Energy? Create it with the wind. Roberto Minoia tells us the secrets of the wind generator

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Harnessing wind to produce electricity would seem the easiest thing to do for those of us who are already used to using wind power as a powertrain. Wind has been the most widely used form of energy since the earliest times, and ultimately, if you think about it, it too is a byproduct of solar energy. Turning wind into electricity requires an alternator (yes, just like the one in the engine) that is rotated by a wind-driven blade. Apparently very simple, right? There are many wind generators on the market, but they are not all the same. Alongside models worth a few hundred euros, we find others well over a thousand euros. The differences are there, and they are not few. What should be considered before buying a wind turbine?

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THE MAXIMUM POWER
Certainly one of the first characteristics that must be evaluated is the power generated. it is quite obvious that a 100-watt wind turbine will have very different performance than a 400-watt wind turbine. But maximum power is not everything. In fact, we also need to see how many knots of wind are needed to develop that power.

THE MINIMUM WIND SPEED REQUIRED TO PRODUCE ENERGY
You often see wind turbines running very fast in 8 knots of wind or less. Do not be misled, because they are probably not producing energy at all with that wind intensity. Many wind generators need at least a dozen knots of wind to begin producing a few tenths of an ampere, and since we cannot always count on winds of 20 knots or more, it is very important to evaluate in the selection those generators that begin to produce energy already with winds of less than 8-10 knots.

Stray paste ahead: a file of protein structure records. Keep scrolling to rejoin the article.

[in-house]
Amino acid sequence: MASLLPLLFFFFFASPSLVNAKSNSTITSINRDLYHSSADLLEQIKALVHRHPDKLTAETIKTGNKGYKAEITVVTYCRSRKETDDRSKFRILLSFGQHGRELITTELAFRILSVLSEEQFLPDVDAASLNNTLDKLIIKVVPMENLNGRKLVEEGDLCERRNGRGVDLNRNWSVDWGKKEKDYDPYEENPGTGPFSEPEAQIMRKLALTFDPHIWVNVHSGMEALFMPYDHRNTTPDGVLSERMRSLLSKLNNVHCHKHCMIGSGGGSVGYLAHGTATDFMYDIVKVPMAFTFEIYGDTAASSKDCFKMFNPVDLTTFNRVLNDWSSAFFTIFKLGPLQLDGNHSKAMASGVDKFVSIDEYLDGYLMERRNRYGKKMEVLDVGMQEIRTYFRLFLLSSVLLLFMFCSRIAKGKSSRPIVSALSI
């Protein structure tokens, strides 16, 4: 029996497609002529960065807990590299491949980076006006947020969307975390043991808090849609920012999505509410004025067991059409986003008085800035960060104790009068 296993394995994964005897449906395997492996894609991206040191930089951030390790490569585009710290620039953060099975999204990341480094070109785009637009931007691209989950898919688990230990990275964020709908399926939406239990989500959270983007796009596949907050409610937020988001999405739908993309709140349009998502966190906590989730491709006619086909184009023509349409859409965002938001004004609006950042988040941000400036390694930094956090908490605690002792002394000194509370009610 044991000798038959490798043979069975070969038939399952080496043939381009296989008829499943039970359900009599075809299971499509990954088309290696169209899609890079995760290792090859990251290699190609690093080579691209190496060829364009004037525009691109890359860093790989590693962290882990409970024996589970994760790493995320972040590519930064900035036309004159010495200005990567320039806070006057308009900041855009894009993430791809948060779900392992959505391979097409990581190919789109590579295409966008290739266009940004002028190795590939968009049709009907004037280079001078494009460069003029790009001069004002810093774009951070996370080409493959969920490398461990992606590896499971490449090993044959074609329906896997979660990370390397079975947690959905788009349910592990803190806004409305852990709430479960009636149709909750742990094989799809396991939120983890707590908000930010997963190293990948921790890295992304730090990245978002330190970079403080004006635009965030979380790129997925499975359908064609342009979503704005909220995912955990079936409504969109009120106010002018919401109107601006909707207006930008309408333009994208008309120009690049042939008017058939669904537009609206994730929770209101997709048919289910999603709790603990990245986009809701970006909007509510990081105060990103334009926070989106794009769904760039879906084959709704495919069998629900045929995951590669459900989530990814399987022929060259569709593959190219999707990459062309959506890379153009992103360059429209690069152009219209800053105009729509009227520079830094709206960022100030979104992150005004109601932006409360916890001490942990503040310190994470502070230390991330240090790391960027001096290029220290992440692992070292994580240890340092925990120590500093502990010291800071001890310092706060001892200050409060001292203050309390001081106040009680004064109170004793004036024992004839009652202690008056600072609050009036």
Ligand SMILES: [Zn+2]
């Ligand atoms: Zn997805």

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THE POWER CURVE
The graph showing the power generated by wind power as a function of wind intensity is called the power curve. is very useful information in that by comparing the curves of different products, we will prefer those that “soar” faster than those that rise very smoothly.

THE SILENCE OF THE GENERATOR
You have surely happened to be in a beautiful roadstead in the evening and hear the very tedious whistle of the wind from the boat a few dozen meters away from you. If that hissing annoys you who are discreetly far away, imagine those poor occupants who are no more than 3-4 meters away from the blades. Quietness is therefore an element that should not be overlooked. Today there are excellent products, with carbon blades designed in the wind tunnel, that manage to keep noise within very acceptable limits. During last November’s Atlantic crossing, our boat was equipped with one of these silent generators, and I must say that even in winds over 25-30 knots, the noise was virtually unnoticeable. If you are considering purchasing a wind generator, first consider where you usually sail. If you sail in the Gulf of Genoa in August, you’re probably better off giving up and installing efficient solar panels instead. If, on the other hand, you plan to do the Aegean, then a wind turbine can give you great satisfaction in on-board power management. Try it to believe.

cv-robertoWHO ROBERTO MINOIA IS
Roberto Minoia is in the software design business in life, but as soon as he can, he devotes himself to sailing in the Tyrrhenian Sea aboard his Dehler 41 CR. His passion for sailing and technology, combined with a penchant for popularization led, in 2008, to the birth of the Blog Della Vela (www.blogdellavela.it) where, consistent with his free time, he writes technical articles, reviews boating products that he himself uses, and publishes diaries of his sailings.

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